• Nasal Drops and Sprays – There are a number of nasal sprays and drops available over the counter. They will ease the stuffiness and will help you breathe a little easier. Be sure you follow the directions carefully to avoid any irritation to your nasal passages. Also do not administer to children unless approved for childrens' use and seek your doctor’s advice when it comes to treating children. Some people like to use a Neti Pot which can be purchased from your nearest health food store or drug store. This is used to clear the nasal passages with a salt water cleanse of your nostrils.
  • Antihistamines - These can relieve symptoms such as runny nose, cough, sneezing and watery eyes. However, there may be side effects, such as drowsiness and dizziness, and they are not recommended while driving. They can also interact with other medications you may be taking. Be sure to check with your doctor prior to using antihistamines.
  • Increase your Humidity – The dry air during winter is a haven for the cold virus, as it grows in dry air. Using a humidifier can put moisture back into the air and help to keep your nasal passages and throat hydrated. However, be sure to clean the humidifier and change the water regularly, as moisture can also cause mold growth.
  • Get Plenty of Rest – Grab a soft blanket and curl up on the couch. Take a nap or two. Your body needs plenty of rest to fight off the germs, so don’t feel guilty by staying in bed if you need more rest. Save your energy to help your immune system fight the cold.

What Doesn't Work?

There are plenty of old-time remedies passed on from generations that simply don’t work. The jury is still out in many of them. Some of the more common treatments that just don’t help but are still tried are as follows:

Antibiotics – These work against bacteria, not viruses. Antibiotics will not help to alleviate cold symptoms. Try to keep from taking antibiotics unnecessarily, as this contributes to antibiotic resistance, a growing problem in the U.S. Read our FamilyWize article, Time to Get Smart About Antibiotics, for more information.

cold
Good old fashioned chicken soup is still a tried and
true remedy.
OTC cold and cough medications in young children - OTC cold and cough medications may cause serious and even life-threatening side effects in children. Acetominophen, also sold as Tylenol, found in many cold relief medications, can cause serious liver damage if not taken as directed. 

The Consumer Healthcare Products Association warns not to use certain OTC medications in children four years old and younger. Many companies have stopped manufacturing these products for young children.

Zinc - Zinc is an important mineral and necessary for the human body. However, it's value as a treatment or preventive for the common cold is mixed. Zinc can be found in some nasal sprays and has been found to affect the sense of smell. The FDA warns not to use zinc nasal sprays for this reason. Long term use of zinc, six weeks or more, can cause copper deficiency. Other side effects of shorter term use, less than five days, can cause upset stomach, irritation of and metallic taste in mouth.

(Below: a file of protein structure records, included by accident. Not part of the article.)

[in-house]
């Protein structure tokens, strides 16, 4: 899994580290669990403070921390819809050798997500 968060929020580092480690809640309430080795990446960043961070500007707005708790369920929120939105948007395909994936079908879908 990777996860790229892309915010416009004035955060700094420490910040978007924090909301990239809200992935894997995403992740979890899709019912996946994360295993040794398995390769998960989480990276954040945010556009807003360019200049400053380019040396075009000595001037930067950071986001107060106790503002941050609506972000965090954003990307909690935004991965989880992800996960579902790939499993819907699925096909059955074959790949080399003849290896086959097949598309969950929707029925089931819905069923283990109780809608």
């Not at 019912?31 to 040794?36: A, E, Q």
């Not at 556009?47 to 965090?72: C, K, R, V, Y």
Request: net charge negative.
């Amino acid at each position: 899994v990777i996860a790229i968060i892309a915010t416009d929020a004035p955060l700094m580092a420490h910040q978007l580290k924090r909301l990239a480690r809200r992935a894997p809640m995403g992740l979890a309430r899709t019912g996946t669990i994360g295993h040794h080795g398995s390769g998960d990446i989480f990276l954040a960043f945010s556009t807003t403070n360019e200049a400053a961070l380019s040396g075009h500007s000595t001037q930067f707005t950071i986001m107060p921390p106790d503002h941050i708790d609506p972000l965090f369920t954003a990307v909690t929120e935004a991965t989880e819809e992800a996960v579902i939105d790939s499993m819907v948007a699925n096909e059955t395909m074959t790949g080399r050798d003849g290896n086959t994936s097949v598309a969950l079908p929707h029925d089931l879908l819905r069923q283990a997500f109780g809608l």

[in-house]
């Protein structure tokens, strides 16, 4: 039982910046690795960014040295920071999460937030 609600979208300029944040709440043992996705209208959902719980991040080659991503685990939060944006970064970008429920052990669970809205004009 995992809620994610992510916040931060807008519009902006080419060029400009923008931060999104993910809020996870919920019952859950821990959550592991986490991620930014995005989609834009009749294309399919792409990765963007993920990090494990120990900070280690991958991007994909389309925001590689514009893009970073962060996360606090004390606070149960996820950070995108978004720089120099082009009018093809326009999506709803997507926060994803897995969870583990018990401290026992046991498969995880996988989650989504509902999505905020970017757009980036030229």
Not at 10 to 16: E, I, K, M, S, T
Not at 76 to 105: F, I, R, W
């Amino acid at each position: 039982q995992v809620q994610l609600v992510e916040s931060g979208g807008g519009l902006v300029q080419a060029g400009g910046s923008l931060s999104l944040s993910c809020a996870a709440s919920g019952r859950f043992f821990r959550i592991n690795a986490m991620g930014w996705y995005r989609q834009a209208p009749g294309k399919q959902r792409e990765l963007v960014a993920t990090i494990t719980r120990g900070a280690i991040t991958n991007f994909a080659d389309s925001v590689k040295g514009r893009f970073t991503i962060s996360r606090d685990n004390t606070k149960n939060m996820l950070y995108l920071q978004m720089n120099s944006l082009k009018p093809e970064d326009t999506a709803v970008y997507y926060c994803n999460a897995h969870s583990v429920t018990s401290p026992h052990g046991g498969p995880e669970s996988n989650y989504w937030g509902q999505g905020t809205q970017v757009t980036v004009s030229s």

What probably doesn't hurt

Vitamin C - It appears that for the most part taking Vitamin C won't help the average person prevent colds. However, taking Vitamin C before the onset of cold symptoms may shorten the duration of symptoms. Vitamin C may provide benefit for people at high risk of colds due to frequent exposure — for example, children who attend group child care during the winter.

And please don't forget the old fashion Chicken Soup cure! Chicken soup has been noted to help open the nasal passages and ease some of the symptoms to help you feel better. This really does work!

There are also homeopathic natural remedies that are worth a try. One that has been recommended to me is Umcka. You can find Umcka in natural food stores and many chain stores. It is plant based and originated with South African folk medicine. It has pretty good reviews with few indicating any side effects. Most reviews were very positive regarding the intensity of the cold symptoms and a much shorter duration. It would certainly be another option to try if you find yourself fighting off that dreaded cold! Before using any over the counter medications, you should first check with your doctor to make sure it will not interact with any medications you already take and read the label for any warnings, such as not taking while pregnant, breast feeding, or if you suffer from heart or lung disease.

In the meantime, the best measure would be to get plenty of rest, drink plenty of fluids to stay hydrated, and keep the air around you moist if possible. And finally, wash your hands often, especially when around others who are suffering from the common cold.

Cindy Foley
Contributing Writer